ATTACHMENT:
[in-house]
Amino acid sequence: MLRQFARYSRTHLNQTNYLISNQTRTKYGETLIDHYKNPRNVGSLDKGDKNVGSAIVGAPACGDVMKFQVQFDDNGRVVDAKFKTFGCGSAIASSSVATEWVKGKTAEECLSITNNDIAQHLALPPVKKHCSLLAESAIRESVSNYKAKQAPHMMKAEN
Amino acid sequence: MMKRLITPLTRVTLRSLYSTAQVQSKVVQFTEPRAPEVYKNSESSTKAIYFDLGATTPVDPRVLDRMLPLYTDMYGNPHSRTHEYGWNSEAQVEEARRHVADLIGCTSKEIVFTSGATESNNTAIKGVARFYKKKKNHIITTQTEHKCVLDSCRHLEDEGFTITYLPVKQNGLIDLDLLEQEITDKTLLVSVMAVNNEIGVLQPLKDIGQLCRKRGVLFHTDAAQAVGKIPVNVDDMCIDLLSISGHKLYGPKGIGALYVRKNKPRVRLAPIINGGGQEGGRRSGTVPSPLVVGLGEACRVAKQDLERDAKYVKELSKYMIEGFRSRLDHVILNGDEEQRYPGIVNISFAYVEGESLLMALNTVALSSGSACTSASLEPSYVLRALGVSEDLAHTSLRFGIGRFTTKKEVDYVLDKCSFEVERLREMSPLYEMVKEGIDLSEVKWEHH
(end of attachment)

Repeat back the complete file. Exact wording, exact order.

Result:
[in-house]
Amino acid sequence: MLRQFARYSRTHLNQTNYLISNQTRTKYGETLIDHYKNPRNVGSLDKGDKNVGSAIVGAPACGDVMKFQVQFDDNGRVVDAKFKTFGCGSAIASSSVATEWVKGKTAEECLSITNNDIAQHLALPPVKKHCSLLAESAIRESVSNYKAKQAPHMMKAEN
Amino acid sequence: MMKRLITPLTRVTLRSLYSTAQVQSKVVQFTEPRAPEVYKNSESSTKAIYFDLGATTPVDPRVLDRMLPLYTDMYGNPHSRTHEYGWNSEAQVEEARRHVADLIGCTSKEIVFTSGATESNNTAIKGVARFYKKKKNHIITTQTEHKCVLDSCRHLEDEGFTITYLPVKQNGLIDLDLLEQEITDKTLLVSVMAVNNEIGVLQPLKDIGQLCRKRGVLFHTDAAQAVGKIPVNVDDMCIDLLSISGHKLYGPKGIGALYVRKNKPRVRLAPIINGGGQEGGRRSGTVPSPLVVGLGEACRVAKQDLERDAKYVKELSKYMIEGFRSRLDHVILNGDEEQRYPGIVNISFAYVEGESLLMALNTVALSSGSACTSASLEPSYVLRALGVSEDLAHTSLRFGIGRFTTKKEVDYVLDKCSFEVERLREMSPLYEMVKEGIDLSEVKWEHH